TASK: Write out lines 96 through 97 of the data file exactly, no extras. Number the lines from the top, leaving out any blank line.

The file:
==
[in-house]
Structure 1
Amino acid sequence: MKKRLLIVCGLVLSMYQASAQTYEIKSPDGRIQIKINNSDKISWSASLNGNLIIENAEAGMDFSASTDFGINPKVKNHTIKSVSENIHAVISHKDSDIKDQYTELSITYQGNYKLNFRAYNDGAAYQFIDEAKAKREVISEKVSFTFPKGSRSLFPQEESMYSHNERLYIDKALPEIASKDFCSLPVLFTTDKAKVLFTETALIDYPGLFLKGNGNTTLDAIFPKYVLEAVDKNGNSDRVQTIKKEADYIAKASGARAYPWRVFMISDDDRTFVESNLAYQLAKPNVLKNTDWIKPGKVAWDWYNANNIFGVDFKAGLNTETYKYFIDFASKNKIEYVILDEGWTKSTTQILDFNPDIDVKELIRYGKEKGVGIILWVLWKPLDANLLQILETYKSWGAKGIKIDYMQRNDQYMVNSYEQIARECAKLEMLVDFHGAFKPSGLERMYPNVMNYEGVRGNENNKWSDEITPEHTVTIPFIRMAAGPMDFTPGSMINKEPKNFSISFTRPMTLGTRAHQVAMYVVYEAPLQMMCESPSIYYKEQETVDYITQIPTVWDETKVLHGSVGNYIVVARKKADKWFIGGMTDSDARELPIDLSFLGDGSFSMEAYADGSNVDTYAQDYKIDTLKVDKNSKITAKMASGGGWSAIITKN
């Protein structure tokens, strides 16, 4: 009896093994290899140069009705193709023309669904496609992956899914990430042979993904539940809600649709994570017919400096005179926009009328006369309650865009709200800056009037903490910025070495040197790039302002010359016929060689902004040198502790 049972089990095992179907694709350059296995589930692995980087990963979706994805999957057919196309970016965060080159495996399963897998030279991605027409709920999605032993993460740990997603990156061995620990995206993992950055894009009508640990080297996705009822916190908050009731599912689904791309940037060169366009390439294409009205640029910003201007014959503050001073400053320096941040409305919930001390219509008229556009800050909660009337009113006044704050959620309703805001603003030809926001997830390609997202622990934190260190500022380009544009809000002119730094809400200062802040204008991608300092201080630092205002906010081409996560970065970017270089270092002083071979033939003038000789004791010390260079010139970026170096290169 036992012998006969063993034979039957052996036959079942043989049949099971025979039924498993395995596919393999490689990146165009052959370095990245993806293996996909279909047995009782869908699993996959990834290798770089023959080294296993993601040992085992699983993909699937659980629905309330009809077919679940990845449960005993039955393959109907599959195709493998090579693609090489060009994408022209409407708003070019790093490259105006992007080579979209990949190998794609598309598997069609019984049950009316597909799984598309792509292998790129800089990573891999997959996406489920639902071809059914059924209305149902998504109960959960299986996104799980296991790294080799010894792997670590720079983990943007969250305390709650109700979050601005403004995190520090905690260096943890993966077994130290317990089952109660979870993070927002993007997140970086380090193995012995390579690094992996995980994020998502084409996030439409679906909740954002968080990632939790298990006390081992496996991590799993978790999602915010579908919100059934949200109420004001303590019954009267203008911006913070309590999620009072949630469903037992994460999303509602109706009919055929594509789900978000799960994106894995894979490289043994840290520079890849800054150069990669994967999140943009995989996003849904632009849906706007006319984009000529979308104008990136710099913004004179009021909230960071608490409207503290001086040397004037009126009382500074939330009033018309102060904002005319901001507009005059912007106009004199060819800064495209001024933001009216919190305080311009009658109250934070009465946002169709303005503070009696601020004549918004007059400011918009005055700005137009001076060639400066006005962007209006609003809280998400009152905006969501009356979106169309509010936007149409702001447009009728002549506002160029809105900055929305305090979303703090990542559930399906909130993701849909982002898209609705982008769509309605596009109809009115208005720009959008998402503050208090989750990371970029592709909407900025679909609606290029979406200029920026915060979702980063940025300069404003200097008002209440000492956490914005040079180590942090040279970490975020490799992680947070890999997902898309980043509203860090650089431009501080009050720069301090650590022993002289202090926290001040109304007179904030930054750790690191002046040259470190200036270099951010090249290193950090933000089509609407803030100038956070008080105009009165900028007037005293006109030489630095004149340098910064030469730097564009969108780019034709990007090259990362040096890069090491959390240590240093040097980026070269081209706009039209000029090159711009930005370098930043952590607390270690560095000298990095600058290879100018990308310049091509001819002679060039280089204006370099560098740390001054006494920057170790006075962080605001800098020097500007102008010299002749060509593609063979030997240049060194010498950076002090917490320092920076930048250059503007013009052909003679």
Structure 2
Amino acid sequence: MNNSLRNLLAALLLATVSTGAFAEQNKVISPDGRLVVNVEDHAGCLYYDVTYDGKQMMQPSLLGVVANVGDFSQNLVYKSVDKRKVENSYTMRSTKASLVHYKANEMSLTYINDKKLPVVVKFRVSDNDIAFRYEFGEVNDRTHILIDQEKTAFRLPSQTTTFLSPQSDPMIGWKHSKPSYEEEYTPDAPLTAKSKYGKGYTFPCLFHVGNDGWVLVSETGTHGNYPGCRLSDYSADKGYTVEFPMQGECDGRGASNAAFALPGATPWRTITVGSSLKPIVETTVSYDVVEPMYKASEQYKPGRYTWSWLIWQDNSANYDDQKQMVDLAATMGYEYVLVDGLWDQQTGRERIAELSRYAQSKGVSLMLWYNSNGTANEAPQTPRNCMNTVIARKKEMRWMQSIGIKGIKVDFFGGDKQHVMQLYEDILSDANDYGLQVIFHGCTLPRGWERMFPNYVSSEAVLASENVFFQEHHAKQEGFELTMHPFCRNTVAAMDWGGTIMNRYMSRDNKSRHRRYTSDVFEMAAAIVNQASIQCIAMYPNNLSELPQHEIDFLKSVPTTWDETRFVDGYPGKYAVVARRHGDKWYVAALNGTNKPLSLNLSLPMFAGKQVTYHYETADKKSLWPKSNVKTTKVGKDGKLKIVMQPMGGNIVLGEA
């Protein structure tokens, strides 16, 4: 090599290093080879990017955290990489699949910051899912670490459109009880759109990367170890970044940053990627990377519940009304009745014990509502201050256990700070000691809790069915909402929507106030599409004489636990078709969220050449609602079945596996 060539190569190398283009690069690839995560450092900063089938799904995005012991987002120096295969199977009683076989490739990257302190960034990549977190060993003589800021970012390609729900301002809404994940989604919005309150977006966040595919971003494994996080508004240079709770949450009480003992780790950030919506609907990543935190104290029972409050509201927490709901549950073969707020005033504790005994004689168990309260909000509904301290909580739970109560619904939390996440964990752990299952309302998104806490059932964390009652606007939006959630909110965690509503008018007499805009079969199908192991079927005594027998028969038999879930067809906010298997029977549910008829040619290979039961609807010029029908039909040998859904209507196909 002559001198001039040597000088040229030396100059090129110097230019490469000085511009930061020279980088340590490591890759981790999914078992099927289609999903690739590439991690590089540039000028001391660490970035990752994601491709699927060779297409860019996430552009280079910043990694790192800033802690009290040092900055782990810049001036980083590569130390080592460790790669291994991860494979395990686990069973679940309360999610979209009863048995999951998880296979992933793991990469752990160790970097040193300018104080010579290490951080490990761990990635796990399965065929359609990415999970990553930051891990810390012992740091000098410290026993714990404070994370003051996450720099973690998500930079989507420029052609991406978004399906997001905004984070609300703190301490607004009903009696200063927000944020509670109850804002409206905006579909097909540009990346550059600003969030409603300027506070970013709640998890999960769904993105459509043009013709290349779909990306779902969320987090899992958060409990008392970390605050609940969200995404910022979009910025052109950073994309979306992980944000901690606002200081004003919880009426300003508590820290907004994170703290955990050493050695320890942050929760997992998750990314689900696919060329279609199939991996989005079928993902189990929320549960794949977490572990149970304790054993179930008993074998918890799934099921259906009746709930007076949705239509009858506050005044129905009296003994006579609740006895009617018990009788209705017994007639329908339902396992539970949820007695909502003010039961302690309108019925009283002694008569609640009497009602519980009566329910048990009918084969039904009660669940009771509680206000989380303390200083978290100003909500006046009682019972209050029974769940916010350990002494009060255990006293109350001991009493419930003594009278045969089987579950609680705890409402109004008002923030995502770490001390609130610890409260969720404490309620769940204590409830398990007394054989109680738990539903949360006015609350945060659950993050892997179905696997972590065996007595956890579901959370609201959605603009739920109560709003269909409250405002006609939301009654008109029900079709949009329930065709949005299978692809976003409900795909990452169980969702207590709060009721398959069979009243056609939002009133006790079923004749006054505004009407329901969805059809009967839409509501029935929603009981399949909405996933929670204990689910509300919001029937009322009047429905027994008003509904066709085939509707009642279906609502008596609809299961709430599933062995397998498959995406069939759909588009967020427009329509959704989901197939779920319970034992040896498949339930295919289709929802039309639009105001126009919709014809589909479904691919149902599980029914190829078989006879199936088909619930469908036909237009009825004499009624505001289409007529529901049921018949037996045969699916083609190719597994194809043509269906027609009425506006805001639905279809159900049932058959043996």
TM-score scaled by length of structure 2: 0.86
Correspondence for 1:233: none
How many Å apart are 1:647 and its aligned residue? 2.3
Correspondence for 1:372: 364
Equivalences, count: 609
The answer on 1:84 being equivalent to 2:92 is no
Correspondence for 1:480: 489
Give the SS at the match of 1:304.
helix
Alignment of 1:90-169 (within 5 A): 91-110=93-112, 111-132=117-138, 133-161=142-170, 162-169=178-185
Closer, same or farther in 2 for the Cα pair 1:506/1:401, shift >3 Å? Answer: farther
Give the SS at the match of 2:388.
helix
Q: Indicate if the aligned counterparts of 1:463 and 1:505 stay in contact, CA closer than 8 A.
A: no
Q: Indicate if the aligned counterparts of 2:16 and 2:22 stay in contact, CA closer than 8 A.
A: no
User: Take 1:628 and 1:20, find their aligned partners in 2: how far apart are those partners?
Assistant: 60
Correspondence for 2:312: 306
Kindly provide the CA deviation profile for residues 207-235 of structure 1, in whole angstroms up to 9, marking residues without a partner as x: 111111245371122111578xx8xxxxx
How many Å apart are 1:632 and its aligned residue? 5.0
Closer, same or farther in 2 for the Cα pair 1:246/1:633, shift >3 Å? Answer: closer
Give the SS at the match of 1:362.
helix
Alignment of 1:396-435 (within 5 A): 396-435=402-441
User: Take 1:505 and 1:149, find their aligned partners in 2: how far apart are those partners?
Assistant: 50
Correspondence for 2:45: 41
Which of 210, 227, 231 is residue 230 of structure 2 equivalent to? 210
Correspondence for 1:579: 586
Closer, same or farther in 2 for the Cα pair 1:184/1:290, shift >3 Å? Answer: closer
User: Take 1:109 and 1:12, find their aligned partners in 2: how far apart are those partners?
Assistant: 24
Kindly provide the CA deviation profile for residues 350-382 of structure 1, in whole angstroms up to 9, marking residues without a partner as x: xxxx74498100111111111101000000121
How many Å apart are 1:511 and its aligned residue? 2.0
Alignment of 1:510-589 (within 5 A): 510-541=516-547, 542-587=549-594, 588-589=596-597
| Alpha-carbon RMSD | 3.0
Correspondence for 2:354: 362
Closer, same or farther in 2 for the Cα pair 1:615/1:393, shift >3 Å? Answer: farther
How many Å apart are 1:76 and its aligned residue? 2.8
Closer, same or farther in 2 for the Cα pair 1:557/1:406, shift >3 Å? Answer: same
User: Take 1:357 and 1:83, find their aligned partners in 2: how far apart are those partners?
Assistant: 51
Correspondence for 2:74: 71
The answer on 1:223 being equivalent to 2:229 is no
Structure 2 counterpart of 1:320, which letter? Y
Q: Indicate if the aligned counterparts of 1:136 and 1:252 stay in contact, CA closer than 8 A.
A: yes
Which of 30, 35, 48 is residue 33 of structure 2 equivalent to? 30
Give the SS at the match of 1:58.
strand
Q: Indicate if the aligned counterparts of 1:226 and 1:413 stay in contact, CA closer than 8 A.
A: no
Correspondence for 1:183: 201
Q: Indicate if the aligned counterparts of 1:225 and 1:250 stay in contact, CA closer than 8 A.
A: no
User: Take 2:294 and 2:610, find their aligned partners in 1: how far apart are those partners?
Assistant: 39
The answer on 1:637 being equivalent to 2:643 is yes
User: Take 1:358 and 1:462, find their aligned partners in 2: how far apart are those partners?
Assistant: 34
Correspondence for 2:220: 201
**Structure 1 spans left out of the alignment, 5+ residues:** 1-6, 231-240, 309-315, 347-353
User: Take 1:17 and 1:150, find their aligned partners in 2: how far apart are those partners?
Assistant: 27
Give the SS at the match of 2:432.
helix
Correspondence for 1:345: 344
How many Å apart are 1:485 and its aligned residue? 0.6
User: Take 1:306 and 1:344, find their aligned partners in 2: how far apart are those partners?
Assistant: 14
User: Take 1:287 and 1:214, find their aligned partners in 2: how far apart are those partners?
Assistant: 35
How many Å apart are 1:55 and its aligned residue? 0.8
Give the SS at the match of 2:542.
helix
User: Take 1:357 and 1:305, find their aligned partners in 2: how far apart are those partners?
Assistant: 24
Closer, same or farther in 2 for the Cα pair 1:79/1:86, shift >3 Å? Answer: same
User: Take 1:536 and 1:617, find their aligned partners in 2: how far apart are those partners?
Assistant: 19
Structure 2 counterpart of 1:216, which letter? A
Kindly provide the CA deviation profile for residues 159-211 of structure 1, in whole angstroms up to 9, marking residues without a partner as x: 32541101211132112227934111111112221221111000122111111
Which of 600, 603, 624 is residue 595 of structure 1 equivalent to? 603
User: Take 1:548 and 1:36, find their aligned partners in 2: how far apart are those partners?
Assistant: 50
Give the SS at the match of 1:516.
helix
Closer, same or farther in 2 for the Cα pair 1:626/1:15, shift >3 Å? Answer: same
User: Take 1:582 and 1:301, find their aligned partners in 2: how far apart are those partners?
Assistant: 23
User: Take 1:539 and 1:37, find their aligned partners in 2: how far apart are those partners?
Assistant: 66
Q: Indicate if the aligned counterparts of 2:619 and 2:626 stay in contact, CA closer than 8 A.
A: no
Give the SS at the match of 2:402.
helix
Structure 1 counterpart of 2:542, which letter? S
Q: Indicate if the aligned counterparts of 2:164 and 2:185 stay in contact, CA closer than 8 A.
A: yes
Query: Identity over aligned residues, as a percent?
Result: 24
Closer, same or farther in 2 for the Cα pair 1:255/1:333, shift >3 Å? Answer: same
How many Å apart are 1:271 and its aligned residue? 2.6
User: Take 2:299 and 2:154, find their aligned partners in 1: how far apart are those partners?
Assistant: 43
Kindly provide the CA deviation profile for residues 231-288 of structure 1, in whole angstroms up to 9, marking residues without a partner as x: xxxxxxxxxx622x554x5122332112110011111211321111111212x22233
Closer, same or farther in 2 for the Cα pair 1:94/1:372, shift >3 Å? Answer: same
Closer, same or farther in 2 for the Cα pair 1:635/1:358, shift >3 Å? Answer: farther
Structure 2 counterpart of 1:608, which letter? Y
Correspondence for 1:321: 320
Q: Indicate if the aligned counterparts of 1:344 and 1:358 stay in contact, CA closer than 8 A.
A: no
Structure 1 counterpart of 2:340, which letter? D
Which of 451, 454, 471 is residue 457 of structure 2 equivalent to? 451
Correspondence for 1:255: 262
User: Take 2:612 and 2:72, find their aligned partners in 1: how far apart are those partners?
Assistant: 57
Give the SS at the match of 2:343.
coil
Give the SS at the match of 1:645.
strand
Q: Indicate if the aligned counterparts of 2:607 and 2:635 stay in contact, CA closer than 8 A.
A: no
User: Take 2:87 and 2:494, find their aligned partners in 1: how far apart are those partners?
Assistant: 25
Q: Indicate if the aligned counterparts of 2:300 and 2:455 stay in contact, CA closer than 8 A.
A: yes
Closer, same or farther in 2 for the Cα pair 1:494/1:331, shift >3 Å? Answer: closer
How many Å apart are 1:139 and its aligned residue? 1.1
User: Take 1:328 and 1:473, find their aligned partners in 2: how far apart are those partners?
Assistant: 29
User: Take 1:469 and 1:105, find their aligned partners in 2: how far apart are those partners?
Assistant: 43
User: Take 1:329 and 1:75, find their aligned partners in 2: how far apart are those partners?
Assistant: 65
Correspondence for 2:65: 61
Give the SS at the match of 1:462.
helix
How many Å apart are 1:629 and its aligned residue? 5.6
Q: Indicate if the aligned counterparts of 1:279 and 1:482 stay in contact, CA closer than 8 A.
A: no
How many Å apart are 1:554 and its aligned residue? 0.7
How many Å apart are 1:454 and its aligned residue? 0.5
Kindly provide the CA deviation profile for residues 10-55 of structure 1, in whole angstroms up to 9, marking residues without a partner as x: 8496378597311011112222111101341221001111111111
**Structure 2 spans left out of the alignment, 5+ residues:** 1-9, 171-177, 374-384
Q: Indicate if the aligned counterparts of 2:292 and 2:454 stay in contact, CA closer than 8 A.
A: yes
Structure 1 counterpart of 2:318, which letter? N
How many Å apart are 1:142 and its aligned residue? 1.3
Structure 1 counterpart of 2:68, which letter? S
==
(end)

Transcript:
helix
Closer, same or farther in 2 for the Cα pair 1:626/1:15, shift >3 Å? Answer: same